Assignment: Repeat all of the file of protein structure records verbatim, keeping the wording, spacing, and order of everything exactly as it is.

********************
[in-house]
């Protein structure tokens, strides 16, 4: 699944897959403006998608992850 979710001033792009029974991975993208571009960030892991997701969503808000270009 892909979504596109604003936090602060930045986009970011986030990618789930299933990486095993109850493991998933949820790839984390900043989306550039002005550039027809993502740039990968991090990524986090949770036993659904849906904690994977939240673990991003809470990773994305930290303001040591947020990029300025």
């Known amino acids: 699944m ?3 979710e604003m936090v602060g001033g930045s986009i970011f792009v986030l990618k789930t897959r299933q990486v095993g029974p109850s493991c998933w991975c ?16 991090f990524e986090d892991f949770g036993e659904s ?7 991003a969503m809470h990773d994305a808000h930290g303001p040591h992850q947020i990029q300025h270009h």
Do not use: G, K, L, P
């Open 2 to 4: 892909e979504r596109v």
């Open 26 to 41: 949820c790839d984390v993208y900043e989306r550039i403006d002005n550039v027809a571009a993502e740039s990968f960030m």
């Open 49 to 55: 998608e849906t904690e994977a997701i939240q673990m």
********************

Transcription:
[in-house]
């Protein structure tokens, strides 16, 4: 699944897959403006998608992850 979710001033792009029974991975993208571009960030892991997701969503808000270009 892909979504596109604003936090602060930045986009970011986030990618789930299933990486095993109850493991998933949820790839984390900043989306550039002005550039027809993502740039990968991090990524986090949770036993659904849906904690994977939240673990991003809470990773994305930290303001040591947020990029300025």
């Known amino acids: 699944m ?3 979710e604003m936090v602060g001033g930045s986009i970011f792009v986030l990618k789930t897959r299933q990486v095993g029974p109850s493991c998933w991975c ?16 991090f990524e986090d892991f949770g036993e659904s ?7 991003a969503m809470h990773d994305a808000h930290g303001p040591h992850q947020i990029q300025h270009h």
Do not use: G, K, L, P
């Open 2 to 4: 892909e979504r596109v």
């Open 26 to 41: 949820c790839d984390v993208y900043e989306r550039i403006d002005n550039v027809a571009a993502e740039s990968f960030m």
């Open 49 to 55: 998608e849906t904690e994977a997701i939240q673990m």